A top-ranking House Republican is looking to reform the Federal Reserve to make its regulatory work more transparent.
Increased pressure from financial regulators is discouraging some banks from taking on risky, but profitable, deals.
The Volcker Rule may be the law of the land, but that does not mean critics won’t stop pushing to tweak it.
The Federal Reserve is seeking input on whether it should impose tougher limits on banks’ ability to invest in physical commodities like oil, gas and metals.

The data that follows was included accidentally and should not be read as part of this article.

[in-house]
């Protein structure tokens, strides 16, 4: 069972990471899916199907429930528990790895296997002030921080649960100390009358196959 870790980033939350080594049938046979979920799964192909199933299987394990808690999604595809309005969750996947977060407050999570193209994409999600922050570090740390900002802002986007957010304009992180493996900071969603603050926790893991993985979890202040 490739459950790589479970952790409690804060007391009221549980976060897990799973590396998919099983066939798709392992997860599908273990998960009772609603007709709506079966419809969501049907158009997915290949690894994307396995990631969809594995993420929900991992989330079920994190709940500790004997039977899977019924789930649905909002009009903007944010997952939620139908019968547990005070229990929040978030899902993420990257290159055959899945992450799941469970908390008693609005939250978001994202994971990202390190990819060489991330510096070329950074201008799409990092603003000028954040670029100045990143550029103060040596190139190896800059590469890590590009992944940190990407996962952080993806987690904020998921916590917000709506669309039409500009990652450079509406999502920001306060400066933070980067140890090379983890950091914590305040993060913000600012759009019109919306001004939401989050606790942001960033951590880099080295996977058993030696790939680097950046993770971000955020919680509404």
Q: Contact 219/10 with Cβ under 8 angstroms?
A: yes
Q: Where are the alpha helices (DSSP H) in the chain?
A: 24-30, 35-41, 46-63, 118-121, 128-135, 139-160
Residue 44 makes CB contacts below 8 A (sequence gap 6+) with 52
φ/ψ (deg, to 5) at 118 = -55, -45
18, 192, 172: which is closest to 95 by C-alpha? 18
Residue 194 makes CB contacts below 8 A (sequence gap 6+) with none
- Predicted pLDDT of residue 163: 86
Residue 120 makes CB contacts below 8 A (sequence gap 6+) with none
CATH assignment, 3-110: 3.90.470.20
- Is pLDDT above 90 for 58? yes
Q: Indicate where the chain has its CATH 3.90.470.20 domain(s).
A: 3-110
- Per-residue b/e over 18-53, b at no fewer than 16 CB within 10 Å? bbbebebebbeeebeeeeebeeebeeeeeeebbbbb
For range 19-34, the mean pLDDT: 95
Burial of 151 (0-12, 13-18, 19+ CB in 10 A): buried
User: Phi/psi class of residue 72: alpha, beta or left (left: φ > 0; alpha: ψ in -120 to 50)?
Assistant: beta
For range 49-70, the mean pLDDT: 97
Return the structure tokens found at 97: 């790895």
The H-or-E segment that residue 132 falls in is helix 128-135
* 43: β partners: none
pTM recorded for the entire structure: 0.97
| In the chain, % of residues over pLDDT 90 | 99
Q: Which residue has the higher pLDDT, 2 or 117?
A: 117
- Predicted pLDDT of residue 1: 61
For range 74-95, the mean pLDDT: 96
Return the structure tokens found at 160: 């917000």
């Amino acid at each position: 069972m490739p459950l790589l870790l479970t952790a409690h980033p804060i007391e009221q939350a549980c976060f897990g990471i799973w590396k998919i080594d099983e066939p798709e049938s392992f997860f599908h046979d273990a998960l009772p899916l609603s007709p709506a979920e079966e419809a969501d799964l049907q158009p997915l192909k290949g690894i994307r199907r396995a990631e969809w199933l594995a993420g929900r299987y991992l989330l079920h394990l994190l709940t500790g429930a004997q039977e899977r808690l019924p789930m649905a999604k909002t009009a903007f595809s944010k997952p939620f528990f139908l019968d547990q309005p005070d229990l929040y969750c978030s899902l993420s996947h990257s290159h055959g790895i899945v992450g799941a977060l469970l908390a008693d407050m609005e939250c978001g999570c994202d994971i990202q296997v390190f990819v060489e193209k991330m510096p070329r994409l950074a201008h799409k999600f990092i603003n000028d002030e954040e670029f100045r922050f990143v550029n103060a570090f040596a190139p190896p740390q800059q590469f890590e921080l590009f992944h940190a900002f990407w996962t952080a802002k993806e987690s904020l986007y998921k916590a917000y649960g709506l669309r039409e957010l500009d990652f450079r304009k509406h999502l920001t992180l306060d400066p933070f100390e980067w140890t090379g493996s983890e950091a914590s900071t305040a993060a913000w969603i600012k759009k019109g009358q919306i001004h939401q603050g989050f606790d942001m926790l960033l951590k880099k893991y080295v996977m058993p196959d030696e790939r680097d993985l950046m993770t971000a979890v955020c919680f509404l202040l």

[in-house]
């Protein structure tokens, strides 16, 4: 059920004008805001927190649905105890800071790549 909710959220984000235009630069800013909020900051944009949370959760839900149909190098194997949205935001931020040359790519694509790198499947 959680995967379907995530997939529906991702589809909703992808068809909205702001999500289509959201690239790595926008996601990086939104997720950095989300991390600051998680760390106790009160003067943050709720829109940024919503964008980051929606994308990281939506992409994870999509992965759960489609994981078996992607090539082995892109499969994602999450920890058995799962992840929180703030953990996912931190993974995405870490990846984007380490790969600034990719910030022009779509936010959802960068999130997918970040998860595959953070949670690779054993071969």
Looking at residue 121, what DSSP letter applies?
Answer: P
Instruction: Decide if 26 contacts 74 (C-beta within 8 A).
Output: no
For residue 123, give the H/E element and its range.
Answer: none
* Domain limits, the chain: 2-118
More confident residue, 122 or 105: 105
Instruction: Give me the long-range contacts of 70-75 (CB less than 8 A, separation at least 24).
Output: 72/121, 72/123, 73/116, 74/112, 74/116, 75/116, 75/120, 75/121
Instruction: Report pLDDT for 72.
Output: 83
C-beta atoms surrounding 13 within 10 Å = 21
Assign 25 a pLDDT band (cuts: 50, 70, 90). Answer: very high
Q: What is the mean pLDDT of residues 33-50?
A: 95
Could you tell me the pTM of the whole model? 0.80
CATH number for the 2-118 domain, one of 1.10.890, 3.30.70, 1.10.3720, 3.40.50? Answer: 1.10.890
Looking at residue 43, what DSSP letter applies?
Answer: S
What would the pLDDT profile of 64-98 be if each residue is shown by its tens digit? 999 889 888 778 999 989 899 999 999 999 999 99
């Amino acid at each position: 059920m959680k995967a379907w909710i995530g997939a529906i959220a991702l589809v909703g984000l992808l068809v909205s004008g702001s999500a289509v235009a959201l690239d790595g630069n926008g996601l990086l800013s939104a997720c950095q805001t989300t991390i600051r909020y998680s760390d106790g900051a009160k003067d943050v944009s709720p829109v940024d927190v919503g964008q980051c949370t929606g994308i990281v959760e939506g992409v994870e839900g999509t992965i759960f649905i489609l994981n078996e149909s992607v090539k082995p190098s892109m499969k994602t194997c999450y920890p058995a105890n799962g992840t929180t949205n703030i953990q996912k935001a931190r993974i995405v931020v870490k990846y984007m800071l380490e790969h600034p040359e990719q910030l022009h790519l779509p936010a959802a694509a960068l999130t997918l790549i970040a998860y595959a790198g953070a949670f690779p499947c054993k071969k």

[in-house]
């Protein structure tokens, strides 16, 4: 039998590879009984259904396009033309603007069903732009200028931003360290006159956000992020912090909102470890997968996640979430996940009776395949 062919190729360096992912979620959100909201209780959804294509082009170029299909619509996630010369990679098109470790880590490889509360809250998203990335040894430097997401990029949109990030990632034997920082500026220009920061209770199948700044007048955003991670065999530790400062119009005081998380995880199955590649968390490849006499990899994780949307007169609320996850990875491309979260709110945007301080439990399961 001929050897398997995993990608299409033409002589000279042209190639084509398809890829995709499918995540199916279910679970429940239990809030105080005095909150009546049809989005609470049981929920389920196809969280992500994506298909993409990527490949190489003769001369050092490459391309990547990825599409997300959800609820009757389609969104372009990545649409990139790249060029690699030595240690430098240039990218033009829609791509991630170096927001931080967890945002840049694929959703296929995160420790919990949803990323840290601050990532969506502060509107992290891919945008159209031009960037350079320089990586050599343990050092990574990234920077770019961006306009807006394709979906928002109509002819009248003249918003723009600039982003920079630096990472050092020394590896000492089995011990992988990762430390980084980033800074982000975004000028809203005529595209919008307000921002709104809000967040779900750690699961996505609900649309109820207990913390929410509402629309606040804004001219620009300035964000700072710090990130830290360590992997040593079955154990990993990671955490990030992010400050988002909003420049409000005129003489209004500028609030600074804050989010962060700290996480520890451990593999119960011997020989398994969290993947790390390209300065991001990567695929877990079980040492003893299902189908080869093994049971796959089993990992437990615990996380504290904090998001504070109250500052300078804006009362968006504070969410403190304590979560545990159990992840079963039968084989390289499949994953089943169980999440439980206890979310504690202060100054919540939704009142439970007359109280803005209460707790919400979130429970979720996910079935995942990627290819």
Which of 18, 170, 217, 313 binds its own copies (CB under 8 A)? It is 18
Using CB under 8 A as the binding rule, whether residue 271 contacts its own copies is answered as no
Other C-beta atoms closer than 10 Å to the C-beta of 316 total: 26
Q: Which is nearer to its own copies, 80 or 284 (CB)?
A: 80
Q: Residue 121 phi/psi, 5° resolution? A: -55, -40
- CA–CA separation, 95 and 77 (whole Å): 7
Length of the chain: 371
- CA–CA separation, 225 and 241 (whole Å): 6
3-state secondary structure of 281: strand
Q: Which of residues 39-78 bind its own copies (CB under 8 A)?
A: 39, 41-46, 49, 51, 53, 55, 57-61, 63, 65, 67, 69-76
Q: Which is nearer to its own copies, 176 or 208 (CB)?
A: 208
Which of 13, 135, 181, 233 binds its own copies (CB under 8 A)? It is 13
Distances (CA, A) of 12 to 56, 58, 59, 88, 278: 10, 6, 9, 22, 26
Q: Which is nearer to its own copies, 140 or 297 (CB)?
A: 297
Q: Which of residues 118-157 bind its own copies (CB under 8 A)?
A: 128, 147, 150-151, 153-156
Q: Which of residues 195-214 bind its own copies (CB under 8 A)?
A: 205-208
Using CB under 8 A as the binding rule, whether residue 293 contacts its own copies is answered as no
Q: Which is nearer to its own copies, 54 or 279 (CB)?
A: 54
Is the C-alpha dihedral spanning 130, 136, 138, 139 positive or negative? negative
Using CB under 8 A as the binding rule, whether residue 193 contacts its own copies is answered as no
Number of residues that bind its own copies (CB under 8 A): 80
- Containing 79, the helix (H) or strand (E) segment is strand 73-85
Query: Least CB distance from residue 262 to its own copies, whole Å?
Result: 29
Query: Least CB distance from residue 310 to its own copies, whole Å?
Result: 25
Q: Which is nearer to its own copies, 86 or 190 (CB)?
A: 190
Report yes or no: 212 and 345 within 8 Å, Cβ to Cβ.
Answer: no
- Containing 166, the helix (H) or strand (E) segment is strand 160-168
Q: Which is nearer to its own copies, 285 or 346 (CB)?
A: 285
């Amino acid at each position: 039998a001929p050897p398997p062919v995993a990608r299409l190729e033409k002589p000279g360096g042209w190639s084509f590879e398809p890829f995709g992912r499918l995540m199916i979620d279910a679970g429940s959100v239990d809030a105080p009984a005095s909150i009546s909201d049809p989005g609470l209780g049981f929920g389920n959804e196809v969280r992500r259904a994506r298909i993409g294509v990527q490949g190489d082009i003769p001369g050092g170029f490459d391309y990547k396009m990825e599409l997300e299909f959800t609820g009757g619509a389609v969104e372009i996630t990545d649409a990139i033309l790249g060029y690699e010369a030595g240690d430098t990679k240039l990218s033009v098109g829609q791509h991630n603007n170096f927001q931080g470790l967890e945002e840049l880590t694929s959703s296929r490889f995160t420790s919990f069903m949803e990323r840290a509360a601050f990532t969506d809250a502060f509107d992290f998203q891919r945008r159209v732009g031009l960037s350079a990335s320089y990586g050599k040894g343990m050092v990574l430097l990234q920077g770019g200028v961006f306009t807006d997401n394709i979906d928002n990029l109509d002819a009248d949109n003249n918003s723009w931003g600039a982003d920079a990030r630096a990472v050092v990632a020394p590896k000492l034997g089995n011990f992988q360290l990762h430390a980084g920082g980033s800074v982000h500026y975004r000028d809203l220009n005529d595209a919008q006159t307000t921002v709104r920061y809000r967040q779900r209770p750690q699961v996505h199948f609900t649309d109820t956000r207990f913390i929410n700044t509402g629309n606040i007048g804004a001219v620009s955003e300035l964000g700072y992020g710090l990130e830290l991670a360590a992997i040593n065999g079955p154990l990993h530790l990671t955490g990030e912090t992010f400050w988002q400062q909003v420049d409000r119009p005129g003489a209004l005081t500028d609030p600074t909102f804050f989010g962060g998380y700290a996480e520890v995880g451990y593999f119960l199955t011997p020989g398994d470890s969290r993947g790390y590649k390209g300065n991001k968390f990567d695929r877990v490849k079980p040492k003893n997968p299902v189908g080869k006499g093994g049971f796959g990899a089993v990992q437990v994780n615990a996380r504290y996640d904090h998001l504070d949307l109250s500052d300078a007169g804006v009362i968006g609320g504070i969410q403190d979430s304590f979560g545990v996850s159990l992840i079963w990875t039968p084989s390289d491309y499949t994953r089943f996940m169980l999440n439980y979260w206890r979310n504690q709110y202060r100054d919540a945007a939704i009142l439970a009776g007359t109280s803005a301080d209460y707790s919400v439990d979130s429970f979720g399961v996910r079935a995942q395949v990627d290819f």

In his first week on the job, Mel Watt is already ramping up hiring and beefing up his staff at the Federal Housing Finance Agency (FHFA).
Watt, who was sworn in on Monday as the agency's director, said Friday that he has appointed four special advisers to help him make policy and strategic decisions.
He'll nominate Stanley Fischer to move into the No. 2 slot at the Federal Reserve.
Attorney General Eric Holder touted the haul as evidence Congress should keep the Justice Department's coffers full.
Report calls for guidance on how taxpayers should handle transactions with digital currency.
The FHFA's director, in his first week on the job, said he wants more time to assess potential housing market impacts.
Democrats on the House Financial Services Committee are calling on regulators to exempt small banks from a hotly contested impact of the “Volcker Rule.”